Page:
Maersk Drilling successfully tests use of sustainable diesel on Maersk Interceptor with 94% CO2 emissions reduction

In February 2022, Maersk Drilling successfully completed a test running rig engines on 100% sustainable diesel on board Maersk Interceptor, resulting in a more than 94% reduction of CO2 emissions.

Maersk Drilling successfully tests use of sustainable diesel on Maersk Interceptor with 94% CO2 emissions reduction

The test was conducted while the rig was alongside in Grenaa, Denmark and marks a new milestone on Maersk Drilling’s decarbonisation journey. The successful test confirms that Maersk Drilling is able to offer an immediate and direct choice for its customers to significantly reduce their CO2 footprint during drilling operations. Within offshore drilling, it is industry standard that the customer takes responsibility for the supply of and payment for the fuel used during drilling campaigns and hence is directly responsible for the associated CO2 emissions.

After a pre-engine inspection was conducted and approvals were obtained from the engine manufacturer, 35 m3 of hydrotreated vegetable oil (HVO) biofuel was utilised in Maersk Interceptor’s Wärtsilä 9L 26 engines including both single and parallel engine operations and providing a very high level of CO2 reductions at 94% compared to the rig’s baseline.

“The results from this test were extremely positive. Not only did we document a great CO2 savings potential, we also confirmed our initial assumption that we would be able to reach an almost identically high level of engine performance by running drilling operations on sustainable diesel. We are confident that we could do this on all our rigs based on feedback from the relevant engine manufacturers,” says Jan Høffner, Lead Mechanical Engineer, I&P - Technology.

The HVO used for the test was produced in the Netherlands by Neste and delivered by Bunker One. It is a 100% fossil-free fuel that can be produced from a wide variety of sustainable feedstocks and its fuel performance is almost identical to fossil-based diesel. This renewable fuel is of high quality and can be used as blend-in fuel at any preferred ratio, as it is fully compatible with marine gas oil and fulfills the required specification according to ISO 8217. In this way, using HVO can contribute to meeting CO2 emission reduction targets with no need for engine modifications.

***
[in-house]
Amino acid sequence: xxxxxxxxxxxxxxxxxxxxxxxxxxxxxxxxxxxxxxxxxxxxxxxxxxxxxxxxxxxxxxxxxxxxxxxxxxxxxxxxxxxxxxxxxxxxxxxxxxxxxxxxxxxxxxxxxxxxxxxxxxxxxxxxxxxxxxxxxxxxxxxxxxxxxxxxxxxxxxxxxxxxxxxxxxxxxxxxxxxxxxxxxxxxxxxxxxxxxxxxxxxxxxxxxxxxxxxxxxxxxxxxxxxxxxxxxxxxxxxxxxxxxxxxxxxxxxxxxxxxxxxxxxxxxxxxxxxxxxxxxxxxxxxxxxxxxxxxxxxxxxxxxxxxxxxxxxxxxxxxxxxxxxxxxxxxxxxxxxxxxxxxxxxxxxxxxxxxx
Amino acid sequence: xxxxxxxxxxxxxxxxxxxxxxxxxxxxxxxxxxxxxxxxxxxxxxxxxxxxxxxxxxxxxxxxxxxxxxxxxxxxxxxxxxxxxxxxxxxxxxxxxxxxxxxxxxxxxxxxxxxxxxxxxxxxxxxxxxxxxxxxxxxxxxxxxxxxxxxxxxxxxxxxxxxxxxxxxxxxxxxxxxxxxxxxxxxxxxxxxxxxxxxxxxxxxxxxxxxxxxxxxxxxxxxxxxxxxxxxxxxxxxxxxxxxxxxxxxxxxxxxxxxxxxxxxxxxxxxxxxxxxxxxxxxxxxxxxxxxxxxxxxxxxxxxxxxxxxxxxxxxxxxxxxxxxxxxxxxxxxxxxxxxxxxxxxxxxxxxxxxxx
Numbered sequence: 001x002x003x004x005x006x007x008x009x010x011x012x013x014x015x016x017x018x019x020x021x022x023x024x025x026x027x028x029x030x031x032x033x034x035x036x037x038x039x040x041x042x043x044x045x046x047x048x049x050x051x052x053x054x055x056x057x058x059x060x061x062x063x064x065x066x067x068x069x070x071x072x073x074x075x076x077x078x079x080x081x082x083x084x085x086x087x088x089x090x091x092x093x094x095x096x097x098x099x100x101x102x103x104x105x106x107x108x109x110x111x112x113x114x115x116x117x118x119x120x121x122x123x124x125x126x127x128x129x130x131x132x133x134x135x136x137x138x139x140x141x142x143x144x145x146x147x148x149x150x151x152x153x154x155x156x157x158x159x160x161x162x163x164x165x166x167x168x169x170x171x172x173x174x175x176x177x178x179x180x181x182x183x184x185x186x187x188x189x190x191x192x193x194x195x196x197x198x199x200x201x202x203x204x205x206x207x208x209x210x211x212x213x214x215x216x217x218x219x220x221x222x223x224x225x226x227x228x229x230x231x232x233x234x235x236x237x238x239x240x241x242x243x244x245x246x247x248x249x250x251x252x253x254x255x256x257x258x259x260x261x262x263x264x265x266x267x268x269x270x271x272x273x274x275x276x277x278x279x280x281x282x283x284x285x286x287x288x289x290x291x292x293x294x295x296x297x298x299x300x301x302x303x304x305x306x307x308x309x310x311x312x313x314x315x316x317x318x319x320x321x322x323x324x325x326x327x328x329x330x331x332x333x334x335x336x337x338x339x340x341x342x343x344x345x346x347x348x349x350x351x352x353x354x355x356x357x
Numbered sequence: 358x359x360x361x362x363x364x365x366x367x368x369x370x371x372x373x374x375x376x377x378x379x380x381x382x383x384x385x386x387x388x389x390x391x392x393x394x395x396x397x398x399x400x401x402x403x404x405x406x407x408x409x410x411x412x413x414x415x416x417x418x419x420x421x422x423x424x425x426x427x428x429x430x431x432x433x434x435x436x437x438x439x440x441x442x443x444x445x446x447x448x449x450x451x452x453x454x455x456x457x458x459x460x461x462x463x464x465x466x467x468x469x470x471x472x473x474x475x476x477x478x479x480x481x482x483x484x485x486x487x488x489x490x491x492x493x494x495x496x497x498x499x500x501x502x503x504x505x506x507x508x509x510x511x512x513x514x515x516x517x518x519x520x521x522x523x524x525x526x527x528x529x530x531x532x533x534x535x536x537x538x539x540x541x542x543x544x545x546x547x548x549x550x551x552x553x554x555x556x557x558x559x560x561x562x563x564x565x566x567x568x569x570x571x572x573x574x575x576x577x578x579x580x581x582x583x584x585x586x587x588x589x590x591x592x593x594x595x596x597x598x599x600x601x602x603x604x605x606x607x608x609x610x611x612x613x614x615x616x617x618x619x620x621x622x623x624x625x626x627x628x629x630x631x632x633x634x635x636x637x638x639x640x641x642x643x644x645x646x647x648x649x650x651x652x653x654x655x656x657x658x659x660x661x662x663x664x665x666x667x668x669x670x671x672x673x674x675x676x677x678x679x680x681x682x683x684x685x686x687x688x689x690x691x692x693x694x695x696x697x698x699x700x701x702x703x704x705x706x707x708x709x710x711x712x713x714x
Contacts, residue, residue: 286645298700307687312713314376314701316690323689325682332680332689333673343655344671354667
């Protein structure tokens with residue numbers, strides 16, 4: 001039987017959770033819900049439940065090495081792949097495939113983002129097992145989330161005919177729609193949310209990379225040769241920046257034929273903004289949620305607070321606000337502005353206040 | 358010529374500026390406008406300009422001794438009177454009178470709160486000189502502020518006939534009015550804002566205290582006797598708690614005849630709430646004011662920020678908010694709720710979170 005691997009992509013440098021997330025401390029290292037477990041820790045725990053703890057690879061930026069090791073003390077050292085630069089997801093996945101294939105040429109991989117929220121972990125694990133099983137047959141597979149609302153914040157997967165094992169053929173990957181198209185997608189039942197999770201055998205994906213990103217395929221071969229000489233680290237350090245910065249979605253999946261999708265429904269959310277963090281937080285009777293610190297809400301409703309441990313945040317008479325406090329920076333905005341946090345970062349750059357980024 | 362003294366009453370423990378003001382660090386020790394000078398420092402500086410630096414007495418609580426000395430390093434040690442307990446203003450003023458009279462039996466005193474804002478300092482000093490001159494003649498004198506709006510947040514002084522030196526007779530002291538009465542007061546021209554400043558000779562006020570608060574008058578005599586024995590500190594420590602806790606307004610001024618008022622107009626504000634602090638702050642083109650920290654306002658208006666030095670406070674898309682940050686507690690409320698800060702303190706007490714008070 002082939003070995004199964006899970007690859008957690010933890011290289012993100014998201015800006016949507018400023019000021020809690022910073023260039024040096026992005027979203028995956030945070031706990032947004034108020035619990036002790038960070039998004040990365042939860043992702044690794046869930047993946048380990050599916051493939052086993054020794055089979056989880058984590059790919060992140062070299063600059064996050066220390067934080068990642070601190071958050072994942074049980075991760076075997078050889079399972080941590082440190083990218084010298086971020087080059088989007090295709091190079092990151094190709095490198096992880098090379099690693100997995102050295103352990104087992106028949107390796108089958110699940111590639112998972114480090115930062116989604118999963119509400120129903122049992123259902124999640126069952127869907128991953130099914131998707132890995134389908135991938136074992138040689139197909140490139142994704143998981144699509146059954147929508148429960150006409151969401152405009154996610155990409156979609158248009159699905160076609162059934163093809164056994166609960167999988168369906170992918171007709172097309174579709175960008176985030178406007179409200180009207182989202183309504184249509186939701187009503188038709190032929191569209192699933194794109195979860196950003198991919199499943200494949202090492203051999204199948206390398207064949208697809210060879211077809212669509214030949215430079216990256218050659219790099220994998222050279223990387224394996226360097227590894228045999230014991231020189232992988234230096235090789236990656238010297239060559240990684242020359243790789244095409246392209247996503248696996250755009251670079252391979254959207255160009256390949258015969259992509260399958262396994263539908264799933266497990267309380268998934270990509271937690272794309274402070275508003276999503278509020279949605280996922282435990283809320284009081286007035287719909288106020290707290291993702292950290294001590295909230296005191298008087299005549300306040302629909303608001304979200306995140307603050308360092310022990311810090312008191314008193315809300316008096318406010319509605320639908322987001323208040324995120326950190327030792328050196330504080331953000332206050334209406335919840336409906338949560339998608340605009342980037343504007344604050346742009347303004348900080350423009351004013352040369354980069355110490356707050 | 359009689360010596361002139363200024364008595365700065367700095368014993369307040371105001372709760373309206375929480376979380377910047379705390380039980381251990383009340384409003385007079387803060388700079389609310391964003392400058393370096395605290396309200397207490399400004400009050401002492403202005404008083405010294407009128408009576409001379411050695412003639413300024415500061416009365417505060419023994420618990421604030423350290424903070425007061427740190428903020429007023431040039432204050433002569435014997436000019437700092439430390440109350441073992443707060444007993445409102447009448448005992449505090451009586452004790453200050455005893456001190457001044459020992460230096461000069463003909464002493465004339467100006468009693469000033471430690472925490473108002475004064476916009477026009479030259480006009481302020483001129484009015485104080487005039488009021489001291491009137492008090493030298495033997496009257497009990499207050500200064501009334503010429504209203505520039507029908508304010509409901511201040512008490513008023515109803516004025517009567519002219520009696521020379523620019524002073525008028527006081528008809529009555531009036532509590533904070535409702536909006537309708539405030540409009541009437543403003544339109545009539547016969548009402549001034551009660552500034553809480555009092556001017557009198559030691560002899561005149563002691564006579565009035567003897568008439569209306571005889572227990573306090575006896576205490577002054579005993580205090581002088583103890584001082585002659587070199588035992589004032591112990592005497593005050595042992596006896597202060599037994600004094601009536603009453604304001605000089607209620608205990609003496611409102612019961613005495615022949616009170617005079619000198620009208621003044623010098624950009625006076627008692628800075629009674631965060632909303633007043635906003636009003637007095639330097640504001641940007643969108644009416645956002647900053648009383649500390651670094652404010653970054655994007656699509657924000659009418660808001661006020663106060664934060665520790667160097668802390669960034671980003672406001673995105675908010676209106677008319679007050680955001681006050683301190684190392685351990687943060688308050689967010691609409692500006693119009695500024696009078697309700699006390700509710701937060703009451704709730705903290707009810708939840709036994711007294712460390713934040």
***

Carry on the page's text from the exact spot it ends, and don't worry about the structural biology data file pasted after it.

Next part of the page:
“While sustainable diesel comes at a cost premium and may not be readily available everywhere, it offers a solution for companies who are looking to respond to the climate challenge and want to take significant steps towards fulfilling net-zero pledges. At Maersk Drilling we are committed to doing our part in realising a Sustainable Energy Future, including helping our customers meet their climate ambitions, and investing in this test was an important step in the right direction. This test was performed with 100% HVO, but customers could alternatively choose to mix sustainable diesel with traditional diesel at a lower ratio, which would still reduce emissions,” says Mikkel Søndergaard Pedersen, Technical Superintendent, Stacking Team North Sea Division.

In 2020, Maersk Drilling launched its sustainability strategy including an ambitious target of reducing the CO2 intensity from its drilling operations by 50% by 2030. The work towards reaching this target is led by the company’s Emissions Reductions Task Force, which is exploring several tracks including low-emission rigs, use of shore power, leveraging energy efficiency systems to drive behavioural changes, and the potential for replacing traditional diesel with alternative fuels.

Maersk Interceptor is an ultra-harsh environment CJ70 XLE jack-up that is designed for year-round operations in the North Sea and was delivered in 2014.


Kristoffer Apollo
Kristoffer Apollo
Head of Media Relations